Editor’s Note: This article is part of our Founders Series where we get insights and analysis from founders of various different companies in the tech industry. Jonah Goodhart is a serial entrepreneur who is currently the CEO and Co-Founder at Moat. Moat is a startup that focuses on assisting companies with their digital advertising by offering Ad Search and Brand Analytics tools. Prior to Moat he co-founded Right Media (acquired by Yahoo) and Colonize.
When I was an undergraduate at Cornell University my brother Noah and I started a company called Colonize. Colonize grew from a small idea hatched in our campus apartment – to help companies acquire customers using the Internet – to an enterprise generating over $30 million in revenue before I graduated. We even had offers to acquire the company for what would have been a very significant financial outcome.
We were growing and profitable and it seemed liked the good times would never end. Then 2001 happened. The world changed in a lot of ways but for our business the impact of many digital companies shutting down during the “dot com bust” led to a significant slowdown in our ability to drive revenue. Even though we were profitable, our revenue fell dramatically. We had gone from a great initial success to a place where we weren’t sure of the path forward.
We paused for a moment to take stock in what had happened. Things had gone a bit sideways with our venture and the future was now unclear. We had become too dependent on companies that were taking a short-term approach to building their businesses. There were plenty of things we felt good about though – the power of the Internet and the ability for people to connect and transact was like nothing that had ever been seen before. We knew that advertising would continue to find its way online as long as people did and we felt really good that that would continue to happen. What we didn’t know yet was how to build a long-term business in this new world.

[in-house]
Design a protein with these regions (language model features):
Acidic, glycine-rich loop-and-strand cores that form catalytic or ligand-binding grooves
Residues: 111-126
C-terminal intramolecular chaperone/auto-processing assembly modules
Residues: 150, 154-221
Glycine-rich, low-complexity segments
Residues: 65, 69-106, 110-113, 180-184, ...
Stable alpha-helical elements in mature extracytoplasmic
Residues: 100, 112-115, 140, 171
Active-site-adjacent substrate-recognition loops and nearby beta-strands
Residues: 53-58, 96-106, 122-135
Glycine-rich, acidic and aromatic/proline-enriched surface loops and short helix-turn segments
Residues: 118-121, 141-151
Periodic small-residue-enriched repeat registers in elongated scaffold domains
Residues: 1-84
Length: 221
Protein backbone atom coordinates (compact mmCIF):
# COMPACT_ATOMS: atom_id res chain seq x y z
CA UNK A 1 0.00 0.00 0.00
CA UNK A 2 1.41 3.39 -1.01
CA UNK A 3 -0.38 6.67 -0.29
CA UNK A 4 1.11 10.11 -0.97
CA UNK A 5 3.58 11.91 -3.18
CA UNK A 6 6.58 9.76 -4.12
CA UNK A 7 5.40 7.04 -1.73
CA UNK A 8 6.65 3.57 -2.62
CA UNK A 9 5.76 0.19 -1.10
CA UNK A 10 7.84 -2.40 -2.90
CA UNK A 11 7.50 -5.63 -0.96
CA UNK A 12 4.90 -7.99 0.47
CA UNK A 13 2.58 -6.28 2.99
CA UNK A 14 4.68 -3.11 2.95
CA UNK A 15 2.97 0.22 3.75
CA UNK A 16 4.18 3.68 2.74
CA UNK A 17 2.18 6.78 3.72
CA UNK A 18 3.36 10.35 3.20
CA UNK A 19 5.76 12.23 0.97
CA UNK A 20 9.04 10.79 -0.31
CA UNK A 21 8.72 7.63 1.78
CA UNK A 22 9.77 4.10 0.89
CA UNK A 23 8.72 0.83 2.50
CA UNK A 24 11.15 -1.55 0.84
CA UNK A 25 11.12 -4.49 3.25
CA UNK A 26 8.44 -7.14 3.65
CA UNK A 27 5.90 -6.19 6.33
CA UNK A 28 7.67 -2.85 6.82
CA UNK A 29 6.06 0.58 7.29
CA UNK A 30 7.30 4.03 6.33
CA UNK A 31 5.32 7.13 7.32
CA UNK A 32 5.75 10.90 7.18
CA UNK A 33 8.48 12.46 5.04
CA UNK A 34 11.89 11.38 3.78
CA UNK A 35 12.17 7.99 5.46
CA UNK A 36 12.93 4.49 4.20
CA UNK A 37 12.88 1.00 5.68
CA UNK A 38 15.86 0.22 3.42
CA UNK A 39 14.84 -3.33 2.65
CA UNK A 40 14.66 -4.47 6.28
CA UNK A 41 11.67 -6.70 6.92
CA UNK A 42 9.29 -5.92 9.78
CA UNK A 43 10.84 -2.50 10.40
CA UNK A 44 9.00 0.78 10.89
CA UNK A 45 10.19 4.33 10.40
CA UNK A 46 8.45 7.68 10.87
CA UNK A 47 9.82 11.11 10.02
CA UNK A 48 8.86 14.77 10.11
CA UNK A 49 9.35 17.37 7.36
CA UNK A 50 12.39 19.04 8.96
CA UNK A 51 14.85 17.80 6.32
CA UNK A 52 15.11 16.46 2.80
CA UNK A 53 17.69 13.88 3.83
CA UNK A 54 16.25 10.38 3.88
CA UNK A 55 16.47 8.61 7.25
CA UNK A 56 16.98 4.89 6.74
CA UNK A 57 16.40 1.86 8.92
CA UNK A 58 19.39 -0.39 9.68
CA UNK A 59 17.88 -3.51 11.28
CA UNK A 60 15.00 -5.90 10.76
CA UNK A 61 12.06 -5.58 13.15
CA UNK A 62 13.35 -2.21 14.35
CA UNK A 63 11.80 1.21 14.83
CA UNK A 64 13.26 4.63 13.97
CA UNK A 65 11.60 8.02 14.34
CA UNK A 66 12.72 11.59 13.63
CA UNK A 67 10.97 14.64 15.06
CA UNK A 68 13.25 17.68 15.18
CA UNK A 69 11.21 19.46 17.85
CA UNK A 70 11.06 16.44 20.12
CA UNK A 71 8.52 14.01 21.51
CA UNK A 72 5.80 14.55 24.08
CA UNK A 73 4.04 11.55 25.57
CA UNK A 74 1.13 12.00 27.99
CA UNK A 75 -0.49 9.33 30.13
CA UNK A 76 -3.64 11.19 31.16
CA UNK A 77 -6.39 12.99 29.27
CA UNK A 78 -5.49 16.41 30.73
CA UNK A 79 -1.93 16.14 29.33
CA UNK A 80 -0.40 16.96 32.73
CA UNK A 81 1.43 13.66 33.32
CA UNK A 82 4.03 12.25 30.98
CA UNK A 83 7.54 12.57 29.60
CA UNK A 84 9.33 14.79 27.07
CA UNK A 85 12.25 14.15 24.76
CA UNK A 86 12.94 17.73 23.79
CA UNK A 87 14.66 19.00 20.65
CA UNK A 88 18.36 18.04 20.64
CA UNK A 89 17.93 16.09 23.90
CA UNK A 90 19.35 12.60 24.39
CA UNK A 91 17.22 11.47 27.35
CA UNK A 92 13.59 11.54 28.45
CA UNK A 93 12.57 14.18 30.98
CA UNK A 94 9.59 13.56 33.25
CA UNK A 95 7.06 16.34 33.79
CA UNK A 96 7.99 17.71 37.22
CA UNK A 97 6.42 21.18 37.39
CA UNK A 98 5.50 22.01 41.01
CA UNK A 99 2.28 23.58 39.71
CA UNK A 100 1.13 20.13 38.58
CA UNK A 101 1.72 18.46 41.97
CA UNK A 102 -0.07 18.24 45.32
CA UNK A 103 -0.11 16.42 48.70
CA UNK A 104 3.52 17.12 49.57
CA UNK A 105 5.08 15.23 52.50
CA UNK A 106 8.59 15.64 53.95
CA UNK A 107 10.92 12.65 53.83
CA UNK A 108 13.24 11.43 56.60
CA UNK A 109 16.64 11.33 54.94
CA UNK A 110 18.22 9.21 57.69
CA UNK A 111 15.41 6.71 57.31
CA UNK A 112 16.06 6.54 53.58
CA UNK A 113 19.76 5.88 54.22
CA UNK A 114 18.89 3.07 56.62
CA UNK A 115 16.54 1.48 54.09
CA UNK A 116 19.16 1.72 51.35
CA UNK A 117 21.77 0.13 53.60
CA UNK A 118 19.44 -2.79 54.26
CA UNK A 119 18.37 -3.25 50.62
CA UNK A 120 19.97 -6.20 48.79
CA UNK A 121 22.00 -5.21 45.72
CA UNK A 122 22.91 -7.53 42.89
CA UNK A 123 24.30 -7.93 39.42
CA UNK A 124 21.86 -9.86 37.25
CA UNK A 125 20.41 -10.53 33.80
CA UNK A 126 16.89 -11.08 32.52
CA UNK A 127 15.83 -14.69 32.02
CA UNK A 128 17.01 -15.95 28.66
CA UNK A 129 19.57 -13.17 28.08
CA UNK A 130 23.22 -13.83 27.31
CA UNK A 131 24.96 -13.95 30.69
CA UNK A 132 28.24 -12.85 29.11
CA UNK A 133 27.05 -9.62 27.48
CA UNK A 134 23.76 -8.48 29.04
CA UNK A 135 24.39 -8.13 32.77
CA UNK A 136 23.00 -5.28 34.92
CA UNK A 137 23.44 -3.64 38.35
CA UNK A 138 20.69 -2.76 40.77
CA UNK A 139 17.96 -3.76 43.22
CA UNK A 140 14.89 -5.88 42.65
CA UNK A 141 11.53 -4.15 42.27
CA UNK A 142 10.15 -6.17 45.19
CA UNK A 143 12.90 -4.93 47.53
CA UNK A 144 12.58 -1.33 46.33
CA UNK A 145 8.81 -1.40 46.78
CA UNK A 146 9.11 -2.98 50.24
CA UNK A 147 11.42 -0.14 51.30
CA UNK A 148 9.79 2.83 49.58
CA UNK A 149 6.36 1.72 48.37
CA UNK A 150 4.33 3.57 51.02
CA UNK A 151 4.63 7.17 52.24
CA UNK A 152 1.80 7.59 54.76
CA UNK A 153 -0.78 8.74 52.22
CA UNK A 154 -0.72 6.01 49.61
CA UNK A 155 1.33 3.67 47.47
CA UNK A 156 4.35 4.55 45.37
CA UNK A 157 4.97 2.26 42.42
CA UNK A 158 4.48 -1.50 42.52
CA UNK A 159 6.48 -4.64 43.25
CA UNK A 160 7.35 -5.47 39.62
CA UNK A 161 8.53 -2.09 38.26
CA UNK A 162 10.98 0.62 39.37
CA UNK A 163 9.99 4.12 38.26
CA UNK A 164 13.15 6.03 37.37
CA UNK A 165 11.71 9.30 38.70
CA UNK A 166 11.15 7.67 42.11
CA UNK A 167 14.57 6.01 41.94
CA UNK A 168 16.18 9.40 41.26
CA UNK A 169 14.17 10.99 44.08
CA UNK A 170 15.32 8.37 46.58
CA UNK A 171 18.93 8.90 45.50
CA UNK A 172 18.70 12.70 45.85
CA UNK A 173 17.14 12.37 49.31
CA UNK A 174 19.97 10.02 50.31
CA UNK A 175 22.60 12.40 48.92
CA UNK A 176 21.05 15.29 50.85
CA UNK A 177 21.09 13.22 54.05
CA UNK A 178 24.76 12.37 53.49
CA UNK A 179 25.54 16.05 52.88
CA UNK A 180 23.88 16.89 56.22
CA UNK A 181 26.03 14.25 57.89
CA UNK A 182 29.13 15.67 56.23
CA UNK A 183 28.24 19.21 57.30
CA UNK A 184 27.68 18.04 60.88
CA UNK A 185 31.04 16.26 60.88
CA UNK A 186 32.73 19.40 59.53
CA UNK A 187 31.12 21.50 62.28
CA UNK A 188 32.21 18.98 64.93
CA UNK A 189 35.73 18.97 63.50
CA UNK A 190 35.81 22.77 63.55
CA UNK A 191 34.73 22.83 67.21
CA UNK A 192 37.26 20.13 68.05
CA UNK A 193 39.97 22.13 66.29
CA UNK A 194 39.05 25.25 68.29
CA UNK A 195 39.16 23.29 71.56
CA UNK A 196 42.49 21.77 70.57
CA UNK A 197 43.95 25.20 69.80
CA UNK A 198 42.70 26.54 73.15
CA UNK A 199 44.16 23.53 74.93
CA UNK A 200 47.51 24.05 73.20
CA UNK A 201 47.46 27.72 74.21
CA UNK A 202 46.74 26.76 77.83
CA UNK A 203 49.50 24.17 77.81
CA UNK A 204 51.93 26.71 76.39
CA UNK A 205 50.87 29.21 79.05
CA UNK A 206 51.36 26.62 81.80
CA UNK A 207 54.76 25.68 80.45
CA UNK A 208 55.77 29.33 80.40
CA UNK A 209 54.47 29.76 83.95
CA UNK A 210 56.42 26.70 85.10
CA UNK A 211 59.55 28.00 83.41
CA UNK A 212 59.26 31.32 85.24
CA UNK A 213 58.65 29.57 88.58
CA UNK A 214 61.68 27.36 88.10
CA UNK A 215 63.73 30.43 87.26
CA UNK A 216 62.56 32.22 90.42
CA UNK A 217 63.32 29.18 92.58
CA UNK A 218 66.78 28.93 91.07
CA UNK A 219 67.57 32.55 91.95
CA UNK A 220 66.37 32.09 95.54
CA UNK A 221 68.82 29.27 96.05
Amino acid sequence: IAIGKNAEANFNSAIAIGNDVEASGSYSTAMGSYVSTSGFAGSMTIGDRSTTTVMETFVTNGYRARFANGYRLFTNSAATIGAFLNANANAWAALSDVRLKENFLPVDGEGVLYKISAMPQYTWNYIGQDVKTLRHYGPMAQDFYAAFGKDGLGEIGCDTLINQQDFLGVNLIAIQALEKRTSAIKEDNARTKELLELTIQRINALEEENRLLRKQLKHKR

The next year, we decided to partner with someone we had met while running Colonize – Mike Walrath. Mike was in sales at DoubleClick (now part of Google) at the time and had become one of the top sellers in the company. Mike shared our optimism about the future of the Internet and digital advertising. We decided to work together to launch a new company called Right Media. We used our self-taught background in digital advertising and the profits from our first business, to help launch the company.
Our goal was to create a business that had a long-term enterprise value – one that wouldn’t be impacted by short-term swings in the market. It worked. Right Media started small but quickly grew to become the first and largest digital advertising marketplace at the time. Years later the company would be responsible for facilitating over $1 billion worth of transactions! We sold the company to Yahoo! in 2007.
Realizing that you can create light at the end of the tunnel is really important to being successful as an entrepreneur. The path will often not be well lit. You have to push your way through and figure out a way to make things work. You have to make decisions and be willing to adjust as you go.
After Right Media, Noah, Mike, and I decided to partner again to start an angel investing company we call WGI. In the last 7 years we’ve invested in around 90 companies. Some of them are phenomenally successful with huge exits and some of them are still on their way. The key we’ve found though is to bet on people. The ideas will change. The businesses will change. The person or team at the helm is really the only somewhat knowable thing in early stage investing.
Today I am the CEO of Moat, a company the three of us founded in 2010. Moat is a SaaS analytics company focused on understanding how consumers pay attention. With $500 billion spent annually on advertising to get people’s attention, we are excited to build new ways of understanding how to reach people. Our path to success will not always be a straight line for Moat, but we will always push forward and we will always ensure that we create light at the end of the tunnel.